But what about those who are unchurched or dechurched? Do you really think that out of the blue, this cohort will one day just decide to search the internet for a church? I don't think so.

journeyman37 said...

Exactly right, Marcy. The vast majority of "nones" (the fastest growing religious group in the US, and close to 30% of the 18-34 population, according to Pew) are not seeking a church at all-- via Internet or any other means.

It makes the need to go invite people you know and get to know more people, especially people who aren't "churched," all the more vital-- and not just for institutional survival, but actually so that we create more possibilities for more people of all "tribes" to become disciples of Jesus.

ajscom said...

My wife was mostly unchurched before she visited the congregation through which we met. I don't think she knew anyone there, but it is possible she may have heard something about it. Primarily she came because it was in a location she knew well. Also, the friend who visited along with her had a loose connection with the denomination.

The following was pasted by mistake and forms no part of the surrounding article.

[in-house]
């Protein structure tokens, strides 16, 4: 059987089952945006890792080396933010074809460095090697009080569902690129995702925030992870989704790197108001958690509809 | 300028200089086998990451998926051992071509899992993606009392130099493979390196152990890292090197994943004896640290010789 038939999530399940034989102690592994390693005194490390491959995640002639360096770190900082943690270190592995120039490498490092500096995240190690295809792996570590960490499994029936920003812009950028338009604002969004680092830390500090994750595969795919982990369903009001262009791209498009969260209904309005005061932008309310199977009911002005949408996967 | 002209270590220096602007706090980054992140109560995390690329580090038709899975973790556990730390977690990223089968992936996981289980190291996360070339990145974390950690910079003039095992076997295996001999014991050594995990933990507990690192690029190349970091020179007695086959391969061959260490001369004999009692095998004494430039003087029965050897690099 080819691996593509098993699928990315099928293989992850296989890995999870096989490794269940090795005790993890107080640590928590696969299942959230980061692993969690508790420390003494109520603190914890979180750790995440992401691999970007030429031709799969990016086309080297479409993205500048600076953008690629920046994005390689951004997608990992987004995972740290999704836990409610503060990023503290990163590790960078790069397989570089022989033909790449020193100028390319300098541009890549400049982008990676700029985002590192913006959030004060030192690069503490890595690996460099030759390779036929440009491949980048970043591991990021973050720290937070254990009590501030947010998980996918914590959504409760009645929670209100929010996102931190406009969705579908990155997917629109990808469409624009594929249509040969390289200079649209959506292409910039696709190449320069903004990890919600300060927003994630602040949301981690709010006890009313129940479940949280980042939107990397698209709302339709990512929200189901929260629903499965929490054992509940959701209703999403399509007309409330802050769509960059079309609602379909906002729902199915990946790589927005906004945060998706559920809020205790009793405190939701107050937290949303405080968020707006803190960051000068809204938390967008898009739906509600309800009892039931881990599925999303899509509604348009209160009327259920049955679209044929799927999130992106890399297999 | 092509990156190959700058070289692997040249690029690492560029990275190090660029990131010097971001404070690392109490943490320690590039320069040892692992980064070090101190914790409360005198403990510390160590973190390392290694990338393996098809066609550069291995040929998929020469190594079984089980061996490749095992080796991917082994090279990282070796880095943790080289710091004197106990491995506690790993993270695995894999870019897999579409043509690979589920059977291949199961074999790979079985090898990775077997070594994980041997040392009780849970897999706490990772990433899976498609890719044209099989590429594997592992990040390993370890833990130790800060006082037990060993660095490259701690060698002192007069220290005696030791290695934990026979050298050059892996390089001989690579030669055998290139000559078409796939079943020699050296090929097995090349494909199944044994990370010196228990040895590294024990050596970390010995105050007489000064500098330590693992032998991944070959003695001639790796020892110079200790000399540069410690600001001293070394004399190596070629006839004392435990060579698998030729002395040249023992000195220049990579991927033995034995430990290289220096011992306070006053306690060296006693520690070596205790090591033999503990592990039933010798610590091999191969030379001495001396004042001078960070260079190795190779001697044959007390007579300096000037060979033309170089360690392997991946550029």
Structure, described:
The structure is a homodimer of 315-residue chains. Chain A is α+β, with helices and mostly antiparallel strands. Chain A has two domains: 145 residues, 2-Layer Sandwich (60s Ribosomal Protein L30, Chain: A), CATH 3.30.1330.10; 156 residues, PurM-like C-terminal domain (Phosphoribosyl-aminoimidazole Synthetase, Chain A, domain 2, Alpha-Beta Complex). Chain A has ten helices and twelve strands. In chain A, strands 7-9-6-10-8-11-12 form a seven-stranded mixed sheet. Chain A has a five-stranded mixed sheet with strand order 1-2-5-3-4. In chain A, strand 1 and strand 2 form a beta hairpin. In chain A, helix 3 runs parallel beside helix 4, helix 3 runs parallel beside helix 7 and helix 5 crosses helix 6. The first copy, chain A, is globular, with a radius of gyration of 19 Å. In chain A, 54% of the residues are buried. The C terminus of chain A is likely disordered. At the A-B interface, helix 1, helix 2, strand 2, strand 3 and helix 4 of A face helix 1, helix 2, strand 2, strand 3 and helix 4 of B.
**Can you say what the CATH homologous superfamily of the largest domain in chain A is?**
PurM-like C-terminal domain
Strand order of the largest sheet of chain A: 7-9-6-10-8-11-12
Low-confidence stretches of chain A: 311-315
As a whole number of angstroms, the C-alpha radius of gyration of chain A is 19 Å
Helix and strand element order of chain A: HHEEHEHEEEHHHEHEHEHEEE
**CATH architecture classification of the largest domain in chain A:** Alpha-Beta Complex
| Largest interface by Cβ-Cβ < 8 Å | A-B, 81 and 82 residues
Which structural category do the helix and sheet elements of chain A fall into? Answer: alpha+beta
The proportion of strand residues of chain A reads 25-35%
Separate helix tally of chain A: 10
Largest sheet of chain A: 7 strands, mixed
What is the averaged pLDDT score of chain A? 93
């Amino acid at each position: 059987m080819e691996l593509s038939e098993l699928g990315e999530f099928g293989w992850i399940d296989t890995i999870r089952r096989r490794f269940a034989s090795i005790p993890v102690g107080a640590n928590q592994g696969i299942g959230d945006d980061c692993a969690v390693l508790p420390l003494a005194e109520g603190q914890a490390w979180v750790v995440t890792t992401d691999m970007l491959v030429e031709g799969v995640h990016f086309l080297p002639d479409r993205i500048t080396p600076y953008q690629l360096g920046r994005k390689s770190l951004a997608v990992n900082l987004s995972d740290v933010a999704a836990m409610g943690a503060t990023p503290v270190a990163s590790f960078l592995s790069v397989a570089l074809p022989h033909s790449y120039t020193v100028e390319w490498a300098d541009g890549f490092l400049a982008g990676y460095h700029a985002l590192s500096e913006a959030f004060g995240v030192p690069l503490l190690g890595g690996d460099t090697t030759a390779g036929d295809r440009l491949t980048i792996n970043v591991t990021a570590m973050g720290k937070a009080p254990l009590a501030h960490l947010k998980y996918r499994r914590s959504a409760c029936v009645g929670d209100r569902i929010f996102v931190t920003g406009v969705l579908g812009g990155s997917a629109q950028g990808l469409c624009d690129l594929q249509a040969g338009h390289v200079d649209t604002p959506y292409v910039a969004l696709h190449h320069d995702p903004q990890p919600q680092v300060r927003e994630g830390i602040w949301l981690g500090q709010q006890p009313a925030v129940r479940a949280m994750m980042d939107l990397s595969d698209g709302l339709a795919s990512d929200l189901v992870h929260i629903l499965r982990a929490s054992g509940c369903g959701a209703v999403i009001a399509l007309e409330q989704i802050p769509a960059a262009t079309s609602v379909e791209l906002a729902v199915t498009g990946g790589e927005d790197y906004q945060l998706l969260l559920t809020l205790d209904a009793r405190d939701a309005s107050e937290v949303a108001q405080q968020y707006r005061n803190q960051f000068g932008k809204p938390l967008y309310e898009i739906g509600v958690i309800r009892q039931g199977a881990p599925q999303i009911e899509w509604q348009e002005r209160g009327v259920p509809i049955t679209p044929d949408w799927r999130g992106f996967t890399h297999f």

A few years ago we moved to another part of town and decided to reconsider where to attend. We visited six congregations, five near our home and one further away. The one further away I had heard about a long time ago and been wanting to visit. We may have made that our church home except it was too far for regular participation.

Of the remaining five, I knew people in four of the congregations, though most of the people were primarily acquaintances through my work as a denominational professional. The place we didn't know anyone at, we had driven by. That congregation had yet to change its sign regarding a new worship time, so we arrived near the end of the service. We did not return.

EmilyA said...

Taylor/Journeyman, May I share your comment with Hoyt? If he's in town, I should see him at one of the services on Saturday.

journeyman37 said...
This comment has been removed by the author.
journeyman37 said...

Certainly, Emily.